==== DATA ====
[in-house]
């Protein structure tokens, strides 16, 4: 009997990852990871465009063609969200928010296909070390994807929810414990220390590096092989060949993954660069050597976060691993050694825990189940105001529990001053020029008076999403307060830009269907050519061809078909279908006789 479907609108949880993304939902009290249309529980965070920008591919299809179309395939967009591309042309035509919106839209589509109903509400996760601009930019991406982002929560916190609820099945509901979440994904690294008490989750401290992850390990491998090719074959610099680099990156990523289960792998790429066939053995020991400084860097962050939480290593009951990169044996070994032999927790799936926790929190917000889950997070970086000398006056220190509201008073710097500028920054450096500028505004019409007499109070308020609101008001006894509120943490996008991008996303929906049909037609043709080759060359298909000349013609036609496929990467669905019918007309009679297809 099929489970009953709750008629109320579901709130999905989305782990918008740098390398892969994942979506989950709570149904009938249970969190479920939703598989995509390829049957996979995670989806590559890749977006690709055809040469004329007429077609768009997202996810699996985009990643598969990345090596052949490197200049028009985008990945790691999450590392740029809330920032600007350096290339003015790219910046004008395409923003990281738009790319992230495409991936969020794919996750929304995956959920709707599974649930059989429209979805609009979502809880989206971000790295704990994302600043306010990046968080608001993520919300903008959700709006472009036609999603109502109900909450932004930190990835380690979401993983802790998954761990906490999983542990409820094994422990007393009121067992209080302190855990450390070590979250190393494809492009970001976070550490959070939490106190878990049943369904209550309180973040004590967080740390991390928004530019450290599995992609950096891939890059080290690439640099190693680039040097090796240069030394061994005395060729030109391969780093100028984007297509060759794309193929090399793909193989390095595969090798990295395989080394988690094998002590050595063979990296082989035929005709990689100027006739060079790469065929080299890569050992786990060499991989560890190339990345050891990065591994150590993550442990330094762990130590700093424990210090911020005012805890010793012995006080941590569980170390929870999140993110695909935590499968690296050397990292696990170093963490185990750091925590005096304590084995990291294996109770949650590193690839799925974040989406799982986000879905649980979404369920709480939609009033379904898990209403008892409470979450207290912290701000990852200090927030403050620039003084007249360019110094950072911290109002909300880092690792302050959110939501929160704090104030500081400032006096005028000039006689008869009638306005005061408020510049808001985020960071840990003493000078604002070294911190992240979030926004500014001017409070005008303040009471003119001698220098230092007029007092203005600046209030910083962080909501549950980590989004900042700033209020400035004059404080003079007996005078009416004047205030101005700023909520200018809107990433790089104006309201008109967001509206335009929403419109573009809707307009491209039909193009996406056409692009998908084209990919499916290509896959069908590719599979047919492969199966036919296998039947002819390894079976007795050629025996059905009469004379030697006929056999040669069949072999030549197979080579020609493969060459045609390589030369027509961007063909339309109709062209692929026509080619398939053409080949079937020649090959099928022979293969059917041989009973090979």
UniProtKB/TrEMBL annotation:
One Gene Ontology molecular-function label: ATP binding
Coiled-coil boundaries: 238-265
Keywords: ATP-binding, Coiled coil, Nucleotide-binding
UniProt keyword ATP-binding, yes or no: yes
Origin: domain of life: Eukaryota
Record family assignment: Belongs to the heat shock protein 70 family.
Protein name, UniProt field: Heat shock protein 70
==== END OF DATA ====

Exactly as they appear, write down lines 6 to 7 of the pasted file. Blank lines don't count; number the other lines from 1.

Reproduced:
Keywords: ATP-binding, Coiled coil, Nucleotide-binding
UniProt keyword ATP-binding, yes or no: yes